Ringing St James the Great, South Leigh

8 bells (10-1-26). Ground Floor.

OX29 6US. (Locate using  Google Map or  OS Map or  OpenStreetMap).

Practice: 1st & 3rd Wednesday 19:30 – 21:00.

Sunday: 10:00 (2nd & 4th Sunday)

About us

St James the Great, South Leigh

The church of St James the Great was probably built as a chapel soon after the Norman conquest, and the living was granted to Reading Abbey in 1147. When the Abbey was dissolved by Henry VIII in 1539, the living was taken by the crown, to be given to the bishopric of Oxford at the end of the 16th century. Meanwhile the church had become part of the Stanton Harcourt estate, and South Leigh only became a separate parish in 1869. Today the parishes of Cogges, near Witney, and South Leigh form a joint benefice within the Diocese of Oxford.

The beautiful church is full of history and variety. The chancel is the earliest surviving part, with a doorway in the south wall that is Norman. In the north wall there is a Norman window, and the pillar piscina and ambry south of the altar are Early English. Over the chancel arch is a 15thcentury Doom painting. Two angels blow the last trump and the dead rise from their graves, among them a king, a queen, a mitred bishop and a merchant. The good are welcomed to the gates of heaven, the doomed are dragged towards the gaping mouth of hell. There was much rebuilding in 15thcentury. The nave has an arcade of arches in the Perpendicular style separating it from the north aisle, which has wall paintings from the 14th and 15thcenturies. Corbels on the north wall are decorated with stone heads, extending into the north chapel. The battlemented 3-stage tower dates from the 15thcentury, as does the font. The pulpit is Jacobean. John Wesley preached his first sermon here in 1725 at the invitation of the rector of Stanton Harcourt.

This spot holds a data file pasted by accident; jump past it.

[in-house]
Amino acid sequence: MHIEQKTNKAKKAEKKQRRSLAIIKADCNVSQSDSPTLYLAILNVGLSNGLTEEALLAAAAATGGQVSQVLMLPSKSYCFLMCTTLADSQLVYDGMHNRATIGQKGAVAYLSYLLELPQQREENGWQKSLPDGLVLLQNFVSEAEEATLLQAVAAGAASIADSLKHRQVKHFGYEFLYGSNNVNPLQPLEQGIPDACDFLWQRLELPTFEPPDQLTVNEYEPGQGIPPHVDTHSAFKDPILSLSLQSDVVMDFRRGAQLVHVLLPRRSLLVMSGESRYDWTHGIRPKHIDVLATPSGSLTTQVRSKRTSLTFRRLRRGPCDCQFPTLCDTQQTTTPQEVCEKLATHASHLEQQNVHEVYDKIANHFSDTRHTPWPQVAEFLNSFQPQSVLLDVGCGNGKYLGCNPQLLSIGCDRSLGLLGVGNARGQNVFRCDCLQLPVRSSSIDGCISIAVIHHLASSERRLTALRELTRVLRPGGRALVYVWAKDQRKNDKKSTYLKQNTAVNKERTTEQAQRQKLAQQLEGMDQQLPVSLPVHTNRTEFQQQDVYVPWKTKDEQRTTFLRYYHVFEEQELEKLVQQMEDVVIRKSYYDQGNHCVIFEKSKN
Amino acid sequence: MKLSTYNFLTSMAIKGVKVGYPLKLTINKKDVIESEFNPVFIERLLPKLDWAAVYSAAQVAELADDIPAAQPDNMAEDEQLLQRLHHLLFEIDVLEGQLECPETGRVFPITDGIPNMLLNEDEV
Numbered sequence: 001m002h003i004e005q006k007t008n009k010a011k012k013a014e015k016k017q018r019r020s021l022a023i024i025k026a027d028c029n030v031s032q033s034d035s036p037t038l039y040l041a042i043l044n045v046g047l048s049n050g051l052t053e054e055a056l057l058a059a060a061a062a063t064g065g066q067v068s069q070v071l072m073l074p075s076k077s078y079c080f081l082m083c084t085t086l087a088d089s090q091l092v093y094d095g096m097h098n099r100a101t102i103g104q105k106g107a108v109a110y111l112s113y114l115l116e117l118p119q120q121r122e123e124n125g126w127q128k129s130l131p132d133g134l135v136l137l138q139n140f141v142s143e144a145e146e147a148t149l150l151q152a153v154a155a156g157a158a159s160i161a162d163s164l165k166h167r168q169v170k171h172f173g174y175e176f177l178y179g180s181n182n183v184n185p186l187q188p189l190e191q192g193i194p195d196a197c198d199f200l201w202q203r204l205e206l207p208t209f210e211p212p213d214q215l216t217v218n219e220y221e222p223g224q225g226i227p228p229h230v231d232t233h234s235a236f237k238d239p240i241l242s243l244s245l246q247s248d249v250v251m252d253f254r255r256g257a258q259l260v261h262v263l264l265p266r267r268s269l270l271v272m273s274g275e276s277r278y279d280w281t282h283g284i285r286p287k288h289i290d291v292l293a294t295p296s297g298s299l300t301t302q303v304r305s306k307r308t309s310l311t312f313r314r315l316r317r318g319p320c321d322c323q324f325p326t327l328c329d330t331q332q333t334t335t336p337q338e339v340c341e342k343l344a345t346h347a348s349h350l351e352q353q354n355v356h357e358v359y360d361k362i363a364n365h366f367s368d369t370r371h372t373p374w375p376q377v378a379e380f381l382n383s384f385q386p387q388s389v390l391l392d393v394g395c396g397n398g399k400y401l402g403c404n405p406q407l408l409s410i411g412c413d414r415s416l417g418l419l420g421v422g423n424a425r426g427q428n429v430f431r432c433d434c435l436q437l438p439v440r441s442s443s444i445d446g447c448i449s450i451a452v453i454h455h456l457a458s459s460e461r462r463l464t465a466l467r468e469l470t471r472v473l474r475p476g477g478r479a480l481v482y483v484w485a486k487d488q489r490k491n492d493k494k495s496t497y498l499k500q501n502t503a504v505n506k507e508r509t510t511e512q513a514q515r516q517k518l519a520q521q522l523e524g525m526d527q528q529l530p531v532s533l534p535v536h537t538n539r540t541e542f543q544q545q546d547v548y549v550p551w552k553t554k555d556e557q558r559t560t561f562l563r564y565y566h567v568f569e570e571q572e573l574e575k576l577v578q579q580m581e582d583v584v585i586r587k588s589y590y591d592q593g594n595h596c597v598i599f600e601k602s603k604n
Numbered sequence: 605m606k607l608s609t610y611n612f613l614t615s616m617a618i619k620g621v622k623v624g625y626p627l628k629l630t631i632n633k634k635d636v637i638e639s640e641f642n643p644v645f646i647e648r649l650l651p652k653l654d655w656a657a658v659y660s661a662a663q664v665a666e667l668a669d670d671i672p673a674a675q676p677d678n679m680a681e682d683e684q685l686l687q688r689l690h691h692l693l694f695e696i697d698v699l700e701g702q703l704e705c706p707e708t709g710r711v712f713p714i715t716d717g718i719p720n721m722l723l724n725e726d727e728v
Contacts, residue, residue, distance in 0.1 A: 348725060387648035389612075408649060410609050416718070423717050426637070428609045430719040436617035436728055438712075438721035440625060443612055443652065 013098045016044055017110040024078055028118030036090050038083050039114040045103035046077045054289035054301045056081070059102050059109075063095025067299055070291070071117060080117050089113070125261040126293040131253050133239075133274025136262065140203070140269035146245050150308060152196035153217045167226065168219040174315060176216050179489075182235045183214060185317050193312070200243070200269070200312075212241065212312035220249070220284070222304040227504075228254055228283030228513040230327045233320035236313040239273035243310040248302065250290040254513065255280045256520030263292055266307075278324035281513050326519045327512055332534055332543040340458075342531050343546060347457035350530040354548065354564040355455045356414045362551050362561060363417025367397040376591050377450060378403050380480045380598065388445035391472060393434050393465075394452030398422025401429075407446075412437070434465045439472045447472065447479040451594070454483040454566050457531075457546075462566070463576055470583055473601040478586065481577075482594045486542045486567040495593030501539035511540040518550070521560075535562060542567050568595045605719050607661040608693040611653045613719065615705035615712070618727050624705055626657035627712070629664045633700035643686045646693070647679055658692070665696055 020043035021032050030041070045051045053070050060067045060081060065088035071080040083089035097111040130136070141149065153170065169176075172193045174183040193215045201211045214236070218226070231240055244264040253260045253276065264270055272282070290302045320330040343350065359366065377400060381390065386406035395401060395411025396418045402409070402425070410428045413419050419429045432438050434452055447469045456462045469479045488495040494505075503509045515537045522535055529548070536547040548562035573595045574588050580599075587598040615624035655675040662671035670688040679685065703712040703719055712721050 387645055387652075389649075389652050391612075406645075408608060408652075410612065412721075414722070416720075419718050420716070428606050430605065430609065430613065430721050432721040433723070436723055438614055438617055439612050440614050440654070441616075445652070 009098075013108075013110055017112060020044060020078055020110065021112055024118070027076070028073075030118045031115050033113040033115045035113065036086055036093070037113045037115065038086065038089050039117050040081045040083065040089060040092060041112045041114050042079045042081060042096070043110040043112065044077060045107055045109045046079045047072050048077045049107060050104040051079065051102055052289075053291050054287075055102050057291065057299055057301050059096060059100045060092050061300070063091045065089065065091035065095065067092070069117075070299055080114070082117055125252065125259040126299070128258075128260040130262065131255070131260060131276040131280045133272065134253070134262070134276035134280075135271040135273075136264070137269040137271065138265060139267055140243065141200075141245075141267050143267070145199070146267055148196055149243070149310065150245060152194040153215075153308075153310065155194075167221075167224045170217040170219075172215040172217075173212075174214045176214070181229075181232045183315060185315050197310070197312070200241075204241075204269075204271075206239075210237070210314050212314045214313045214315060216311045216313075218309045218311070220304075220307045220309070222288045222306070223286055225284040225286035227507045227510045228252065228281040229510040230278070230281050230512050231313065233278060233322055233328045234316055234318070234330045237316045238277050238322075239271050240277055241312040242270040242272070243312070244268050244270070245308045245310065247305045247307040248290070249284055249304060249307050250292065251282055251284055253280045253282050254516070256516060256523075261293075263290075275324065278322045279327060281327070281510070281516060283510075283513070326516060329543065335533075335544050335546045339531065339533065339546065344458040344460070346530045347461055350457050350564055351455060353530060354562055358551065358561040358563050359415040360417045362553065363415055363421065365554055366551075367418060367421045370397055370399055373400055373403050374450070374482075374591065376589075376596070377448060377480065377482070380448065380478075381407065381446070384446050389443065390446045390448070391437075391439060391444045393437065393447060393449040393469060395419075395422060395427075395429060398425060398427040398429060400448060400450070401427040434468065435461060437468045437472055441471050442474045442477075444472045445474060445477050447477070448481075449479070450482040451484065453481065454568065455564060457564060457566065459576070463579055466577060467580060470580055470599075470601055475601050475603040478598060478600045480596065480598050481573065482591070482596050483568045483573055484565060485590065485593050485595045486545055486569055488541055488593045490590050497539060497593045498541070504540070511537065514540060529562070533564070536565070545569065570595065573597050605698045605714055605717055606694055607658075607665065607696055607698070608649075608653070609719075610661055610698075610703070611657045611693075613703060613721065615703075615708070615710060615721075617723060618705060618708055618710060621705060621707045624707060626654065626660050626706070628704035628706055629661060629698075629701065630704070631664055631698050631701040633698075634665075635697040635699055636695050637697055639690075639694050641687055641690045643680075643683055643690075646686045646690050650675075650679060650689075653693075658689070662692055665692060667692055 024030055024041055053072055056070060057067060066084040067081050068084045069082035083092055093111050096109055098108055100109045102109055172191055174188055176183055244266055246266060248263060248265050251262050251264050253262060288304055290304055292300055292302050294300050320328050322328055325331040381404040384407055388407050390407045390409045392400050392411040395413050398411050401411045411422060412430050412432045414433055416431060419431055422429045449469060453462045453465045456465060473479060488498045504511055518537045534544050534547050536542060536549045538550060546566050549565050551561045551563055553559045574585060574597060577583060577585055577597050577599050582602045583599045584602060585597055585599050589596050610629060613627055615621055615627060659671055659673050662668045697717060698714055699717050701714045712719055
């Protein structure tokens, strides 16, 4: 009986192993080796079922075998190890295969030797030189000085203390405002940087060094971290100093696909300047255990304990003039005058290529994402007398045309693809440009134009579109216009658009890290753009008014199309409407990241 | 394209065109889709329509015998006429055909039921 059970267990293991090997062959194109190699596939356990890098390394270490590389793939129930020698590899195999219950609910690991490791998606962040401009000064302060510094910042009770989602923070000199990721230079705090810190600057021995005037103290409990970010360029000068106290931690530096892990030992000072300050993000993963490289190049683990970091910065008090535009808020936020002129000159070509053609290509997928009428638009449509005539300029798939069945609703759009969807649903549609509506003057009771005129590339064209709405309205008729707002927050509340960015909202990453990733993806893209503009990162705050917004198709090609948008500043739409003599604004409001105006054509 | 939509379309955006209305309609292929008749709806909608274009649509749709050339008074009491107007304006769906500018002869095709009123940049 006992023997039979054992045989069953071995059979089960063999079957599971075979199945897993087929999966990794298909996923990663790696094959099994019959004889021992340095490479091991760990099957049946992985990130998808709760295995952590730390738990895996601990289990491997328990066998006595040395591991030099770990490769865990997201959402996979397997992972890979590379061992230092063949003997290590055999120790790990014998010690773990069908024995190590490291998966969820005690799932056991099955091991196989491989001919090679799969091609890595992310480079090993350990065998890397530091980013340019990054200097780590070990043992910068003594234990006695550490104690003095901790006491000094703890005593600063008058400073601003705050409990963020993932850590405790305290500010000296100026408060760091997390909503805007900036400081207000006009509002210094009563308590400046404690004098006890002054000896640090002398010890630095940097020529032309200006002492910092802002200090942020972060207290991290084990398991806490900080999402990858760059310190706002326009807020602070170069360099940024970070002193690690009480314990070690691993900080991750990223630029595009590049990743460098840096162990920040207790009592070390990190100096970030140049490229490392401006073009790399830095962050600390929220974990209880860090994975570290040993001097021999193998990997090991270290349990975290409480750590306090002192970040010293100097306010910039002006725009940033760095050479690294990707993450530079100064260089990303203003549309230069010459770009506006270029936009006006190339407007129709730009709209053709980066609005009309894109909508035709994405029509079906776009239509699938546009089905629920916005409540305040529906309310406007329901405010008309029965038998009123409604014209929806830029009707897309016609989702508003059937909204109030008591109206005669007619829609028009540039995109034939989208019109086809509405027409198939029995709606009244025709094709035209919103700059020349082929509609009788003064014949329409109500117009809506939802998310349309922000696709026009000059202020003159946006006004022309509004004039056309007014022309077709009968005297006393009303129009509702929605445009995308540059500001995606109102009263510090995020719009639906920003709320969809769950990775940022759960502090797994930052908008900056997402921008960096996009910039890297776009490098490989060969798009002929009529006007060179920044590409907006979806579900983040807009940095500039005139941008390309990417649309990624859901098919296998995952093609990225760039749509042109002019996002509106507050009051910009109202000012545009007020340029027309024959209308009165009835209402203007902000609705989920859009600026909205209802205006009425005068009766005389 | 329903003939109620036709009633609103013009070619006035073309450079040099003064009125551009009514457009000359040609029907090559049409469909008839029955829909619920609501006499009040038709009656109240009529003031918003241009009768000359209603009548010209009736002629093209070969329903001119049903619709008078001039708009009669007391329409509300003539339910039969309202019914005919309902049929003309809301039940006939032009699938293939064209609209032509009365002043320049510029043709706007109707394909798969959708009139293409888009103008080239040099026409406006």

The turret clock, which is mid-18thcentury, is said to have come from Gloucestershire, and to have been installed in 1905. Alterations on it resemble the work of Nicholas Paris of Warwick. The face is reported to have been painted by the Vicar (Rev Arthur East 1885-1912) and was last repainted in 2000 when the electric winding mechanism was fitted.

You can find out more about the church at the links below:

Link 1

Link 2

About us

The Bells

St James’ ‘sweetly-toned full peel of eight bells’ dates from 1907, when the bells were dedicated by the Bishop of Oxford. They were preceded by a ring of three bells from the 16th and 17th centuries, probably cast in Woodstock, of which the original clappers still hang in the tower. The then Vicar reported that, ‘the casting of the original three bells was very unsatisfactory, the metal being false, so they were melted down to help to found a new peal. That was a very costly matter, and if they included the new hanging and fixing, the present peal involved an outlay of £410’.

The eight bells were made by Mears and Stainbank, from the Whitechapel Bell Foundry. They have ‘Doncaster’ pattern heads and hang with gear, type B, in quite a rare wrought iron side-pattern frame made by Webb and Bennett, Kidlington.

In 2020-21, a realignment of the rope guides much improved the ringing circle and a complete refurbishment of the ringing chamber was undertaken. The boxes are now stained and carpeted, the brass work polished and lacquered, and the pictures, certificates, notice board and blackboard re-framed, gilded and rehung. We now have a handsome early 20th century drop dial pendulum wall clock (converted to a quartz/battery movement for accuracy and ease of maintenance!) and a new rope warmer.

There is also a Sanctus Bell from c. 1399, hung for chiming in a separate frame above the ring. Unfortunately, it bears no inscription or founders’ marks.

About us

Details and inscriptions of the bells


3 cwt 2 qrs 24 lbs.

Gloria in Excelsis Deo

(Glory to God in the highest)

Mears & Stainbank – 1907

2 (F♯) :

3-2-27 c.w.t.

Et in terra pax hominibus

(And on earth peace to all men)

Mears & Stainbank -1907

3 (E):

4-0-16 c.w.t.

Laudamus Te

(We praise you)

Mears & Stainbank – 1907

4 (D):

5-0-4 c.w.t.

Benedicimus Te

(We thank you)

Mears & Stainbank -1907

About us

Details and inscriptions of the bells

5 (C):

5-2-27 c.w.t.

Adoramus Te

(We adore you)

Mears & Stainbank -1907

6 (B):

5-3-21 c.w.t.

Glorificamus Te

(We glorify you)

Mears & Stainbank – 1907

7 (A):

7-3-0 c.w.t.

Gratias agimus Tibi

(We give thee thanks)

Mears & Stainbank – 1907

Tenor (G):

10-1-23 c.w.t. in the key of G

Agnus Dei Qui tollis peccata mundi miserere nobis 

(Lamb of God, who takes away the sins of the world, have mercy on us)

Mears & Stainbank – 1907

South Leigh Gallery

South Leigh Church in the snow
Remembrance Sunday 2018
South Leigh Church
Martin Spurrier
Martin Spurrier, Tower Keeper
South Leigh Church
Ringing Room with 3 original clappers
Doom wall painting
South Leigh Ringing Room
Doom wall painting
South Leigh Ringing Room

Latest news

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